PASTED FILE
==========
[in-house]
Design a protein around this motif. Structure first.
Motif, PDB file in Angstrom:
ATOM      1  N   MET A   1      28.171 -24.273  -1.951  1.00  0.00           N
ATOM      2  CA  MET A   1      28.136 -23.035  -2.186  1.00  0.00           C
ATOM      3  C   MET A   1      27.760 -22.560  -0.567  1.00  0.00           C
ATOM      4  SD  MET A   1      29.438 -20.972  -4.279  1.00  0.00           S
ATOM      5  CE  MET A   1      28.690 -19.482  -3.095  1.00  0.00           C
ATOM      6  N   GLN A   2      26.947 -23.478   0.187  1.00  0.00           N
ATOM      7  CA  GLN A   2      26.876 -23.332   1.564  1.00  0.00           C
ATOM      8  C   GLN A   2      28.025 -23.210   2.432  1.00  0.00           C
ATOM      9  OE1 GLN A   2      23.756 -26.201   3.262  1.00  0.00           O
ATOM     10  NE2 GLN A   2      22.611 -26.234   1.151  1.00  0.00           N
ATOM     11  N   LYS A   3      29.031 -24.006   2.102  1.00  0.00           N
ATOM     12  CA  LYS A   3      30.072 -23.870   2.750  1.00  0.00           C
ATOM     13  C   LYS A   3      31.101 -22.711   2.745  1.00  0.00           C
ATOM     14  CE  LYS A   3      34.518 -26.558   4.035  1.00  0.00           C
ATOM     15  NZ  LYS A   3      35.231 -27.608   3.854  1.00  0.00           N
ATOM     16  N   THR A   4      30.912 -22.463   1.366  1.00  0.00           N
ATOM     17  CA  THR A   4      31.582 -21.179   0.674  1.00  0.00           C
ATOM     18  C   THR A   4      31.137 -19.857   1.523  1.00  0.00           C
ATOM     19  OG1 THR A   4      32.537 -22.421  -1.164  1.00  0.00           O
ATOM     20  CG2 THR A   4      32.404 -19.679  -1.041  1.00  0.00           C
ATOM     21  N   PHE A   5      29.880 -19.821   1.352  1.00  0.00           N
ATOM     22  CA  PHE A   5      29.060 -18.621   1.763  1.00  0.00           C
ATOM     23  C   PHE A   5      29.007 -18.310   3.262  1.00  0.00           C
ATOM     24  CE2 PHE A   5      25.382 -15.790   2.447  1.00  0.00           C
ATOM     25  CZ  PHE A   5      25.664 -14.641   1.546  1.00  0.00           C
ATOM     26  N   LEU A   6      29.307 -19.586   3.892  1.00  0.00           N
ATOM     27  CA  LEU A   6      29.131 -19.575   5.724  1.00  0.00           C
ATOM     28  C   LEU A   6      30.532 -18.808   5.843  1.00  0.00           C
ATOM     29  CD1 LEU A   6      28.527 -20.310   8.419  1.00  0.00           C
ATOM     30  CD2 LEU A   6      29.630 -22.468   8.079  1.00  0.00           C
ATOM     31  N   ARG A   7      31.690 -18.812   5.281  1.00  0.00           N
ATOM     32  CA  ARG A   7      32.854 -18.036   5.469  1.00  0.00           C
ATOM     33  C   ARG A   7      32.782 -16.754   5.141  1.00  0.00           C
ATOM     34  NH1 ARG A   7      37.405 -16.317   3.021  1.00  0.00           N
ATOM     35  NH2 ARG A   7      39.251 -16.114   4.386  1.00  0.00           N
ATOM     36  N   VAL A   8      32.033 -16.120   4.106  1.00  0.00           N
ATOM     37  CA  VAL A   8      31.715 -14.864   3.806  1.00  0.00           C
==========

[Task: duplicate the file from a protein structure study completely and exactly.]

[in-house]
Design a protein around this motif. Structure first.
Motif, PDB file in Angstrom:
ATOM      1  N   MET A   1      28.171 -24.273  -1.951  1.00  0.00           N
ATOM      2  CA  MET A   1      28.136 -23.035  -2.186  1.00  0.00           C
ATOM      3  C   MET A   1      27.760 -22.560  -0.567  1.00  0.00           C
ATOM      4  SD  MET A   1      29.438 -20.972  -4.279  1.00  0.00           S
ATOM      5  CE  MET A   1      28.690 -19.482  -3.095  1.00  0.00           C
ATOM      6  N   GLN A   2      26.947 -23.478   0.187  1.00  0.00           N
ATOM      7  CA  GLN A   2      26.876 -23.332   1.564  1.00  0.00           C
ATOM      8  C   GLN A   2      28.025 -23.210   2.432  1.00  0.00           C
ATOM      9  OE1 GLN A   2      23.756 -26.201   3.262  1.00  0.00           O
ATOM     10  NE2 GLN A   2      22.611 -26.234   1.151  1.00  0.00           N
ATOM     11  N   LYS A   3      29.031 -24.006   2.102  1.00  0.00           N
ATOM     12  CA  LYS A   3      30.072 -23.870   2.750  1.00  0.00           C
ATOM     13  C   LYS A   3      31.101 -22.711   2.745  1.00  0.00           C
ATOM     14  CE  LYS A   3      34.518 -26.558   4.035  1.00  0.00           C
ATOM     15  NZ  LYS A   3      35.231 -27.608   3.854  1.00  0.00           N
ATOM     16  N   THR A   4      30.912 -22.463   1.366  1.00  0.00           N
ATOM     17  CA  THR A   4      31.582 -21.179   0.674  1.00  0.00           C
ATOM     18  C   THR A   4      31.137 -19.857   1.523  1.00  0.00           C
ATOM     19  OG1 THR A   4      32.537 -22.421  -1.164  1.00  0.00           O
ATOM     20  CG2 THR A   4      32.404 -19.679  -1.041  1.00  0.00           C
ATOM     21  N   PHE A   5      29.880 -19.821   1.352  1.00  0.00           N
ATOM     22  CA  PHE A   5      29.060 -18.621   1.763  1.00  0.00           C
ATOM     23  C   PHE A   5      29.007 -18.310   3.262  1.00  0.00           C
ATOM     24  CE2 PHE A   5      25.382 -15.790   2.447  1.00  0.00           C
ATOM     25  CZ  PHE A   5      25.664 -14.641   1.546  1.00  0.00           C
ATOM     26  N   LEU A   6      29.307 -19.586   3.892  1.00  0.00           N
ATOM     27  CA  LEU A   6      29.131 -19.575   5.724  1.00  0.00           C
ATOM     28  C   LEU A   6      30.532 -18.808   5.843  1.00  0.00           C
ATOM     29  CD1 LEU A   6      28.527 -20.310   8.419  1.00  0.00           C
ATOM     30  CD2 LEU A   6      29.630 -22.468   8.079  1.00  0.00           C
ATOM     31  N   ARG A   7      31.690 -18.812   5.281  1.00  0.00           N
ATOM     32  CA  ARG A   7      32.854 -18.036   5.469  1.00  0.00           C
ATOM     33  C   ARG A   7      32.782 -16.754   5.141  1.00  0.00           C
ATOM     34  NH1 ARG A   7      37.405 -16.317   3.021  1.00  0.00           N
ATOM     35  NH2 ARG A   7      39.251 -16.114   4.386  1.00  0.00           N
ATOM     36  N   VAL A   8      32.033 -16.120   4.106  1.00  0.00           N
ATOM     37  CA  VAL A   8      31.715 -14.864   3.806  1.00  0.00           C